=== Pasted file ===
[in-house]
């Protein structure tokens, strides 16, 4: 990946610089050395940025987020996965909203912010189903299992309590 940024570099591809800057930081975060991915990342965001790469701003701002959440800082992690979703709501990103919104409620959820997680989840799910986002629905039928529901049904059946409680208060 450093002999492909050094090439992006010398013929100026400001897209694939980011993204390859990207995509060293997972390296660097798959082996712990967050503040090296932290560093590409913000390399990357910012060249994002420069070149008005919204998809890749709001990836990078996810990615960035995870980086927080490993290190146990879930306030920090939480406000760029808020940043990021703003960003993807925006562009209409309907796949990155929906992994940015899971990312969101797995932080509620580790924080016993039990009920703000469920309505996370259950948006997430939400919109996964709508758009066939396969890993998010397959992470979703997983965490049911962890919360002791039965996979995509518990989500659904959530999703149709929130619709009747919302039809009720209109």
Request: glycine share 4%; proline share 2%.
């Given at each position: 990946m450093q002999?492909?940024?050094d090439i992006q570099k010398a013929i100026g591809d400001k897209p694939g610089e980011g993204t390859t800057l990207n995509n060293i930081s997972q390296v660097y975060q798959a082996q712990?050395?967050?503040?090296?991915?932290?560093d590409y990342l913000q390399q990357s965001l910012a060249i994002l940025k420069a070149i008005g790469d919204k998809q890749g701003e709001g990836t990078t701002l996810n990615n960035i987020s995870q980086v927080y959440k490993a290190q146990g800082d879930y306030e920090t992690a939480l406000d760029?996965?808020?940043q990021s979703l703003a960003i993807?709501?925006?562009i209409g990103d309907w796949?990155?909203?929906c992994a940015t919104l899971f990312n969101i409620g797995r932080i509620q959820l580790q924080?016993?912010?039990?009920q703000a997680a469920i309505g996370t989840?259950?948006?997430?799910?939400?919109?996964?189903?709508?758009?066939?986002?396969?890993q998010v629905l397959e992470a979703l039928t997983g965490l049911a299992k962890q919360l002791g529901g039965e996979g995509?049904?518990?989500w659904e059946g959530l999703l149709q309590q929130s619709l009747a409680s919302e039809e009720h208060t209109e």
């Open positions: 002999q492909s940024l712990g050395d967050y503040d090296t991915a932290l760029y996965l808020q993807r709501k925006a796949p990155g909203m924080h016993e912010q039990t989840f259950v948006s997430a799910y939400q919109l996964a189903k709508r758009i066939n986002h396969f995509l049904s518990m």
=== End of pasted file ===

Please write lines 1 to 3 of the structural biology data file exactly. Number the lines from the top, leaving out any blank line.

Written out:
[in-house]
């Protein structure tokens, strides 16, 4: 990946610089050395940025987020996965909203912010189903299992309590 940024570099591809800057930081975060991915990342965001790469701003701002959440800082992690979703709501990103919104409620959820997680989840799910986002629905039928529901049904059946409680208060 450093002999492909050094090439992006010398013929100026400001897209694939980011993204390859990207995509060293997972390296660097798959082996712990967050503040090296932290560093590409913000390399990357910012060249994002420069070149008005919204998809890749709001990836990078996810990615960035995870980086927080490993290190146990879930306030920090939480406000760029808020940043990021703003960003993807925006562009209409309907796949990155929906992994940015899971990312969101797995932080509620580790924080016993039990009920703000469920309505996370259950948006997430939400919109996964709508758009066939396969890993998010397959992470979703997983965490049911962890919360002791039965996979995509518990989500659904959530999703149709929130619709009747919302039809009720209109």
Request: glycine share 4%; proline share 2%.